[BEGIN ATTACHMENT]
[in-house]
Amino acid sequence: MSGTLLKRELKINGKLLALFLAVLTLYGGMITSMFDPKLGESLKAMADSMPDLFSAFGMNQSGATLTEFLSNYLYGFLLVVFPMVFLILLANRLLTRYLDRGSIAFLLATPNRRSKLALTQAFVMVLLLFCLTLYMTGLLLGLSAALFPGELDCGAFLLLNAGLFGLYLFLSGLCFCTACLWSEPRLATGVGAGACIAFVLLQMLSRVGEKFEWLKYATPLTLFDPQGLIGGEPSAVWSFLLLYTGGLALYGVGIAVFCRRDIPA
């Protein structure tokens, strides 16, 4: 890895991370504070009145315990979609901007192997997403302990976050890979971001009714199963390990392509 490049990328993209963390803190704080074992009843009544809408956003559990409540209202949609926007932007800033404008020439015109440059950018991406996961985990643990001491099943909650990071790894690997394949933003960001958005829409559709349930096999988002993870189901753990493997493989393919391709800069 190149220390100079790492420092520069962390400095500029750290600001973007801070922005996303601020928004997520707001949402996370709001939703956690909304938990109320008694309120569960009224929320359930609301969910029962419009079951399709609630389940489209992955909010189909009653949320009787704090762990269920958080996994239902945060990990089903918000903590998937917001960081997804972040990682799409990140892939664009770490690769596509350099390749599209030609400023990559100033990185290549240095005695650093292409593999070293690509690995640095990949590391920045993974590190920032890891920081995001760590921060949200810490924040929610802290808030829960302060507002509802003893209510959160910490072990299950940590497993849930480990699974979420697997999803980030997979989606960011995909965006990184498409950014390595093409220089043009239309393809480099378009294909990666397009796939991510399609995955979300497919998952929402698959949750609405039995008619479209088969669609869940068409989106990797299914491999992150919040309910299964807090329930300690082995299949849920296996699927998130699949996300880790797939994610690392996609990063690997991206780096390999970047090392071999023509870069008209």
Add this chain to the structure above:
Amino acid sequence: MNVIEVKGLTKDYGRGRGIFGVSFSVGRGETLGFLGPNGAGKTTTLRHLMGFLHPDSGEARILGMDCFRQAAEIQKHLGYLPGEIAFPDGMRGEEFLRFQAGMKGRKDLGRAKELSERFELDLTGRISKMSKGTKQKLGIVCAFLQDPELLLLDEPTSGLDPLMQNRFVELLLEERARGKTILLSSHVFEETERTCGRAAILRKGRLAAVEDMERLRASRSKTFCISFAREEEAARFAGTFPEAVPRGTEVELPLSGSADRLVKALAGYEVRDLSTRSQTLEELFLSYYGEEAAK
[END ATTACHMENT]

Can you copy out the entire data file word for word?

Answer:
[in-house]
Amino acid sequence: MSGTLLKRELKINGKLLALFLAVLTLYGGMITSMFDPKLGESLKAMADSMPDLFSAFGMNQSGATLTEFLSNYLYGFLLVVFPMVFLILLANRLLTRYLDRGSIAFLLATPNRRSKLALTQAFVMVLLLFCLTLYMTGLLLGLSAALFPGELDCGAFLLLNAGLFGLYLFLSGLCFCTACLWSEPRLATGVGAGACIAFVLLQMLSRVGEKFEWLKYATPLTLFDPQGLIGGEPSAVWSFLLLYTGGLALYGVGIAVFCRRDIPA
């Protein structure tokens, strides 16, 4: 890895991370504070009145315990979609901007192997997403302990976050890979971001009714199963390990392509 490049990328993209963390803190704080074992009843009544809408956003559990409540209202949609926007932007800033404008020439015109440059950018991406996961985990643990001491099943909650990071790894690997394949933003960001958005829409559709349930096999988002993870189901753990493997493989393919391709800069 190149220390100079790492420092520069962390400095500029750290600001973007801070922005996303601020928004997520707001949402996370709001939703956690909304938990109320008694309120569960009224929320359930609301969910029962419009079951399709609630389940489209992955909010189909009653949320009787704090762990269920958080996994239902945060990990089903918000903590998937917001960081997804972040990682799409990140892939664009770490690769596509350099390749599209030609400023990559100033990185290549240095005695650093292409593999070293690509690995640095990949590391920045993974590190920032890891920081995001760590921060949200810490924040929610802290808030829960302060507002509802003893209510959160910490072990299950940590497993849930480990699974979420697997999803980030997979989606960011995909965006990184498409950014390595093409220089043009239309393809480099378009294909990666397009796939991510399609995955979300497919998952929402698959949750609405039995008619479209088969669609869940068409989106990797299914491999992150919040309910299964807090329930300690082995299949849920296996699927998130699949996300880790797939994610690392996609990063690997991206780096390999970047090392071999023509870069008209």
Add this chain to the structure above:
Amino acid sequence: MNVIEVKGLTKDYGRGRGIFGVSFSVGRGETLGFLGPNGAGKTTTLRHLMGFLHPDSGEARILGMDCFRQAAEIQKHLGYLPGEIAFPDGMRGEEFLRFQAGMKGRKDLGRAKELSERFELDLTGRISKMSKGTKQKLGIVCAFLQDPELLLLDEPTSGLDPLMQNRFVELLLEERARGKTILLSSHVFEETERTCGRAAILRKGRLAAVEDMERLRASRSKTFCISFAREEEAARFAGTFPEAVPRGTEVELPLSGSADRLVKALAGYEVRDLSTRSQTLEELFLSYYGEEAAK